The receiver is, of course, more obvious.  Opening up to feedback leaves us vulnerable to whatever they want to say.  They can use it as an opportunity for personal attack, or they can be gentle in their nudge towards better results, and we sincerely don’t know which with most people.

Vulnerability has a curious property – one that goes hidden for most.  Those people who are the least vulnerable as people are the most likely to make gestures to become vulnerable.  Said differently, the person most likely to take an investment risk is the person for whom a loss of the investment doesn’t matter.  The more secure someone is in who they are, the more likely they are to invite others to provide feedback, to put themselves in appropriately vulnerable situations, and to allow their real self to be seen.

Perhaps that’s why we take people who are openly vulnerable as a source of power and strength.  It’s paradoxical that those who appear the most vulnerable are those who are the least likely to be harmed – but when you recognize that it’s those people who make themselves appropriately vulnerable, the pieces can fall into place.


In a world of probabilities and no single cause, accusation, blame, and criticism make little sense.  We live in a world of probabilities where no one thing is solely responsible for an outcome.  (See The Halo Effect.)  We want this.  We want the simplicity of attributing a failure to a bad actor or a bad behavior.  However, the truth is much more complicated.

The quality movement started by Edward Deming was constantly seeking root causes.  Root cause analysis is a part of many cultures – even very good, high performing cultures.  The problem is that, at its core, it’s flawed.  One could easily cite the O-rings on the Space Shuttle Challenger as the root cause of the tragedy.  However, that’s only one of hundreds of technical design issues that led to its destruction.  Different choices for propulsion, the shape of the booster rocket, and innumerable other things all played a factor – as did the weather on that fateful day.  The decision to launch in the unusually cold Florida weather played a factor, as did the failure to listen to the engineers who warned the teams of a potential problem.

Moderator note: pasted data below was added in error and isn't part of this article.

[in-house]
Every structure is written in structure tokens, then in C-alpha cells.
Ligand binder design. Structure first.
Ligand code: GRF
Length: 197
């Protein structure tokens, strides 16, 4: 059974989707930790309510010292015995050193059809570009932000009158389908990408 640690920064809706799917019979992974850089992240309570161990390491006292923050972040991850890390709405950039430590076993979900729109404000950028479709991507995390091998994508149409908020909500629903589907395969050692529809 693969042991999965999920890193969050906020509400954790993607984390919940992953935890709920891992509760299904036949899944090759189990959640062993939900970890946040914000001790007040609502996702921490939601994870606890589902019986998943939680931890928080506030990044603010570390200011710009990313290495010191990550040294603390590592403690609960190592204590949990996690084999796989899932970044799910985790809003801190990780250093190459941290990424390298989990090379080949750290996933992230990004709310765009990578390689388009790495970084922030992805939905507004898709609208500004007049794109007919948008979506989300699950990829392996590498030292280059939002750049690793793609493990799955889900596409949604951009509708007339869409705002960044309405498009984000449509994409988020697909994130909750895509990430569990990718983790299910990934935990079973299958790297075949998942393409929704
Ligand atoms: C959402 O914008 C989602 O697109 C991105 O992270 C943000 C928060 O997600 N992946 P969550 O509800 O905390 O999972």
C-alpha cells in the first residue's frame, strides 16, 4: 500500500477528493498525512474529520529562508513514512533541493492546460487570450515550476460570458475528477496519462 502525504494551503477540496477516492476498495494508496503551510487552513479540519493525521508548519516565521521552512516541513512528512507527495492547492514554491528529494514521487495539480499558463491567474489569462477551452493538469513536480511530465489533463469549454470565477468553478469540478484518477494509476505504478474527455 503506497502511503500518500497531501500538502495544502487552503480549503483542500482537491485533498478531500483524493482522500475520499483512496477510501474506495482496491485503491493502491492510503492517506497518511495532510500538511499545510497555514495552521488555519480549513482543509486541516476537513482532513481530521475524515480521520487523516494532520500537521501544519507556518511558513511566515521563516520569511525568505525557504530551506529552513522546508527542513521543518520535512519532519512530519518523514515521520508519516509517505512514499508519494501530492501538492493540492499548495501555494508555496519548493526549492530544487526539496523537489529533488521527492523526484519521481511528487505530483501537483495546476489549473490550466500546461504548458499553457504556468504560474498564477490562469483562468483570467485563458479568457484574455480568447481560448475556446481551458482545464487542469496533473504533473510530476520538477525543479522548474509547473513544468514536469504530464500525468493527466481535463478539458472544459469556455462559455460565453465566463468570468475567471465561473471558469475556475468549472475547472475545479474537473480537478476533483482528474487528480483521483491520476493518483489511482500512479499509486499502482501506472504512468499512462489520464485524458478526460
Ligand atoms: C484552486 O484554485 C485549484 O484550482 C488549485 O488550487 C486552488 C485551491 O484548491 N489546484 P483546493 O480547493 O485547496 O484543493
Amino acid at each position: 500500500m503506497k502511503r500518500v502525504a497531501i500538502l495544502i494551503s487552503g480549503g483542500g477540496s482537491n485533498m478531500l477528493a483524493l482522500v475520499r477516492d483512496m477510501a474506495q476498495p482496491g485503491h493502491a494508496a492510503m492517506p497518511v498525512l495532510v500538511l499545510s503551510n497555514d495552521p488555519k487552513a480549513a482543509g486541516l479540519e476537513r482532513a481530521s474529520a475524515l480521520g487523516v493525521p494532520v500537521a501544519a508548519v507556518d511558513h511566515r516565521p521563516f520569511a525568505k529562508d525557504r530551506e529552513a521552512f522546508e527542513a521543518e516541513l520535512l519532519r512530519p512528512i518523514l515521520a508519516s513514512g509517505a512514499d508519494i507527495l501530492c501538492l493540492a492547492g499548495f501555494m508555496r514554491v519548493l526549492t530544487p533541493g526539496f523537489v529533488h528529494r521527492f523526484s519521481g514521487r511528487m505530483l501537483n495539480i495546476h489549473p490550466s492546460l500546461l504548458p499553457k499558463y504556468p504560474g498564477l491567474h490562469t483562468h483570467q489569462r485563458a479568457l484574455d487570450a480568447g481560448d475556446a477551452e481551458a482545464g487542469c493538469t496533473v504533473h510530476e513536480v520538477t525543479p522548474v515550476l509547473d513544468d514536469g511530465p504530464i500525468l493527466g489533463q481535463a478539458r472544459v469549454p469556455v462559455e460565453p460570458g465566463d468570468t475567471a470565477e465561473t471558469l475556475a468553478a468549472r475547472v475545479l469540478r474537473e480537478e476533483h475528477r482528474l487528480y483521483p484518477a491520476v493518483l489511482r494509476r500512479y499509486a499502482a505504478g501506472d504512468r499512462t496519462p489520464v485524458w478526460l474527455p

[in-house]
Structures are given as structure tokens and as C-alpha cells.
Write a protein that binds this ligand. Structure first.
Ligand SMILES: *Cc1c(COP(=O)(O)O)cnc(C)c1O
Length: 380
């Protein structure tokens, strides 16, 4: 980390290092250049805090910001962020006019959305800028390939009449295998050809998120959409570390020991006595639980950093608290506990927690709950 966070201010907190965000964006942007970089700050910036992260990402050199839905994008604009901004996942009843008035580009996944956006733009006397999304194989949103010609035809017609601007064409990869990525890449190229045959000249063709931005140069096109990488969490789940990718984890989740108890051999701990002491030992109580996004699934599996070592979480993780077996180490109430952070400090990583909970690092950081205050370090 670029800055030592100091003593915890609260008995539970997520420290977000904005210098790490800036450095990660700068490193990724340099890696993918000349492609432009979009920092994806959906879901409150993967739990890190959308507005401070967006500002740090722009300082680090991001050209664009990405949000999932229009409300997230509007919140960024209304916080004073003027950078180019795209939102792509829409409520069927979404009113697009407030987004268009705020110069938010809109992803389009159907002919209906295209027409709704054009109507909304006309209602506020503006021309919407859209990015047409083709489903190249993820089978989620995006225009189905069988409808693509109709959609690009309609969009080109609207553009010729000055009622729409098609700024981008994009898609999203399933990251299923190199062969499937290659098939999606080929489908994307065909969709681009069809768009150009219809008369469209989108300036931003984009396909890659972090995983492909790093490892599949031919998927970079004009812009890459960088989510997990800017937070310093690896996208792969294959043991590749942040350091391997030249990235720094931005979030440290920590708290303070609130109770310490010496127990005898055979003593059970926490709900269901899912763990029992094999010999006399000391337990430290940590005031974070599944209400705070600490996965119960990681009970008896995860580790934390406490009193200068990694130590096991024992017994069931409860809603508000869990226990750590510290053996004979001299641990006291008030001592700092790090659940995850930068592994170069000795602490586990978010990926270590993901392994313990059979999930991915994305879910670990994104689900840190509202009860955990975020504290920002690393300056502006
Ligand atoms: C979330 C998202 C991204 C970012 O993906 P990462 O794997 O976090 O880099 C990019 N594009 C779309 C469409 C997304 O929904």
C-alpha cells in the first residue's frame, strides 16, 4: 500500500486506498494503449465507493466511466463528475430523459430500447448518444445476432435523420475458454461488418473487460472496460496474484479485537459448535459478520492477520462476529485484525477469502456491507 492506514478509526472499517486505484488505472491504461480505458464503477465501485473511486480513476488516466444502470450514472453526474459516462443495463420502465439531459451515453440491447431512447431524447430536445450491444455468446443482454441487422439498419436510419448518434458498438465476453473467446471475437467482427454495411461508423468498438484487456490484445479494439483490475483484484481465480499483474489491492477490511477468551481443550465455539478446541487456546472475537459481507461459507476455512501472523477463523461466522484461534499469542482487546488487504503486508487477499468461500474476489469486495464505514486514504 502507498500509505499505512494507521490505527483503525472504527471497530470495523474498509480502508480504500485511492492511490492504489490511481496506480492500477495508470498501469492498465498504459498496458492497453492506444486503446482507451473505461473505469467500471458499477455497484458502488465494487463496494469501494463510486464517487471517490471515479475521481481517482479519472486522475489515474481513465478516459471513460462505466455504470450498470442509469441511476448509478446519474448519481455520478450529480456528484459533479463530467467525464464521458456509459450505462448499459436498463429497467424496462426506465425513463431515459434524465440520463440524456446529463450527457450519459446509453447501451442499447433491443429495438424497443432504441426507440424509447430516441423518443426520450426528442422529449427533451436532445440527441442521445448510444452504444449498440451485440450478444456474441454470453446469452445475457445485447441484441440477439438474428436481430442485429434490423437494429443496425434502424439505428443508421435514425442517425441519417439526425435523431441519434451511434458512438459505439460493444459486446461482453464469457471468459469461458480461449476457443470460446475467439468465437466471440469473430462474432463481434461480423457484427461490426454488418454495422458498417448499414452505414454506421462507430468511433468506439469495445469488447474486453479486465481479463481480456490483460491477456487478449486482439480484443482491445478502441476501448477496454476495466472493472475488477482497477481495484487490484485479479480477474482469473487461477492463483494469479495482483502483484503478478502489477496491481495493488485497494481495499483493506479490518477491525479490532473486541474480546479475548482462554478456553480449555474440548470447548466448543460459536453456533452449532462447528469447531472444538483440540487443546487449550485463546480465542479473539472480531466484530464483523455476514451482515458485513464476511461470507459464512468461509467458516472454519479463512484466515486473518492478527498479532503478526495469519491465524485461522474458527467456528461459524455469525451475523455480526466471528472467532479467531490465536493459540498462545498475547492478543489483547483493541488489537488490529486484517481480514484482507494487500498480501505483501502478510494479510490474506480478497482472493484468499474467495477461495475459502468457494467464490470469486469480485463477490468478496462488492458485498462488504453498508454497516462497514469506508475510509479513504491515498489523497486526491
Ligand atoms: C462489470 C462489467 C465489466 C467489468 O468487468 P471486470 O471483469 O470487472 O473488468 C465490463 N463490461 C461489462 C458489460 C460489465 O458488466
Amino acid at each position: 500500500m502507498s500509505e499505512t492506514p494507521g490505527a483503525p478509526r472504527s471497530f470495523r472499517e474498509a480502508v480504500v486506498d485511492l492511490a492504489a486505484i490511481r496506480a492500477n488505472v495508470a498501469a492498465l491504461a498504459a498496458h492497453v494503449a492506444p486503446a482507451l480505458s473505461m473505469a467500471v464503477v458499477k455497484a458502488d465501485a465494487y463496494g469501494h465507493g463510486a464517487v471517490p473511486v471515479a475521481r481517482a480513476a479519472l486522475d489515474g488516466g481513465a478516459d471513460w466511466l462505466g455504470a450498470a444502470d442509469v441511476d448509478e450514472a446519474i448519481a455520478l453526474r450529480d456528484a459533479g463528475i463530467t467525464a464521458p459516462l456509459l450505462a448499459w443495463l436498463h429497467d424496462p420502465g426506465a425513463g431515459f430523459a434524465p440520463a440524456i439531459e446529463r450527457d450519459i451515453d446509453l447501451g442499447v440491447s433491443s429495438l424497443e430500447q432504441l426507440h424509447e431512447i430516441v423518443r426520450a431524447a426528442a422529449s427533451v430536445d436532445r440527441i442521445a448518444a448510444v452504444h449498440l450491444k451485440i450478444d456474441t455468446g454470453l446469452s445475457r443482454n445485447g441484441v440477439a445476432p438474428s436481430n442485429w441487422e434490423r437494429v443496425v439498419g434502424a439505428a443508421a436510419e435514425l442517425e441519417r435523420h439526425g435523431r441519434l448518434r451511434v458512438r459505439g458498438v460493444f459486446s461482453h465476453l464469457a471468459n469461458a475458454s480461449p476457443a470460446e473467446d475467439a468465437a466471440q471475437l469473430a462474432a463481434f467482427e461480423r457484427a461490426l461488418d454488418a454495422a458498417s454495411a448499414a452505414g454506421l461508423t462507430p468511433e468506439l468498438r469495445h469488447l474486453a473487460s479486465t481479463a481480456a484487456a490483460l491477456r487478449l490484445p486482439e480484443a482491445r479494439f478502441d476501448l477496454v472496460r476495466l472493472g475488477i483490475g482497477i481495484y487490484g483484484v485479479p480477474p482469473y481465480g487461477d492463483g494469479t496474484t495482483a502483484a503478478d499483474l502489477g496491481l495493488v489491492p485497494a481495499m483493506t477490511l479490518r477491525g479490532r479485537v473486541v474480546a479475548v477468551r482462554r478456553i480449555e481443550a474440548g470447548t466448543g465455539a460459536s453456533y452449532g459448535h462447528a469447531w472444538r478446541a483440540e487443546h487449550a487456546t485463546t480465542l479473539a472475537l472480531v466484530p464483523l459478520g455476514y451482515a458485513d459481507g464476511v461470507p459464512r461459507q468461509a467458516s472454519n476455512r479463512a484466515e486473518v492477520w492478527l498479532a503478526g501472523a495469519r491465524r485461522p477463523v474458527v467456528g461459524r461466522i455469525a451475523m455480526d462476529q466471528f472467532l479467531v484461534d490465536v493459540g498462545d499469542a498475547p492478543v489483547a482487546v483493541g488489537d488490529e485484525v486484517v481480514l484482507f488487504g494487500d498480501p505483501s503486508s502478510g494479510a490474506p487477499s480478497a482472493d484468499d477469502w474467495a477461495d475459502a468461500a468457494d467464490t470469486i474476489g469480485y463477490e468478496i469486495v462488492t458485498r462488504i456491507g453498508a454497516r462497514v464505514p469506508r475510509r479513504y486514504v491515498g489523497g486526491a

Blame, of course, lands on people.  It’s not the O-ring that’s to blame.  It’s the manager who failed to delay the launch when concerns were raised.  The Tacoma Narrows bridge failed because the decking wasn’t attached well enough to cope with unexpected aerodynamic forces.  The engineer is to blame for not planning for those forces.  He got off better than the engineers from the Hyatt Regency walkway collapse in Kansas City.  The engineer, Jack Gillum, accepted the blame for the failure.  However, the truth of the situation was that a change had been made after his original designs – one that he hadn’t recognized the true impact of until after the disaster.

The process of design change reviews and the urgency of the project factored into the failure.  Gillum accepted responsibility but there’s more to learning than just that someone made a mistake.  It’s something that Gillum has spent the rest of his life working on.  How do we find and correct errors so that we can fail with fewer consequences and better learning?  We need to fight the urge to attribute everything in a failure to a single factor – or person – and instead focus on extracting the maximum learning from every failure.

Accepting responsibility for a failure is different than someone assigning blame.  We find the Right Kind of Wrong when we’re willing to learn – but not blame.

Book Review-How Not to Kill Yourself: A Portrait of the Suicidal Mind

“I believe for a vast majority of people, suicide is a bad choice.”  It’s not the first highlight in the book, but it’s close.  In How Not to Kill Yourself: A Portrait of the Suicidal Mind, Chancy Martin exposes his thinking after a lifetime of suicidal thoughts and attempts.  He shares the losses and poor choices that led to his extreme suicidal thoughts and his rationale.  This isn’t the first book I’ve read written from the perspective of a suicidal person attempting to illuminate the mental machinery of the chronically suicidal, but it is perhaps the most direct and raw.

The World as It Is, Not as I Would Have It

Most people stop the serenity prayer before its conclusion.  They recognize, “God give me the courage to change the things I can, the serenity to accept the things I can’t, and the wisdom to know the difference.”  It continues, “…taking the world as it is, not as I would have it.”  It’s a constant source of challenge for humans, whether addict or not.  We all want the world to be the way we want it – not the way that it is really.  It’s easier when the world conforms to our beliefs and expectations than when we need to shift our expectations and behaviors because of the world.

We’re eager to ascribe a reality on the world when it’s just our perception.  We assume that our friend overdosed rather than died by suicide.  We would prefer to believe that our friend got distracted rather than ghosting us.  It’s easier to take our predictions and believe they are reality.

The End of Unhappiness

It’s not a novel idea that people consider suicide to eliminate the pain in their lives.  Shneidman called it “psychache.”  (See The Suicidal Mind.)  However, the degree to which this desire to end unhappiness drives not just the suicide attempt but also suicidal thinking cannot be overstated.  When we’re in intense pain of any kind, our natural response is to end the pain.  Since emotional and physical pain are almost indistinguishable to the body, there’s no limit to the approaches we may try to eliminate the pain.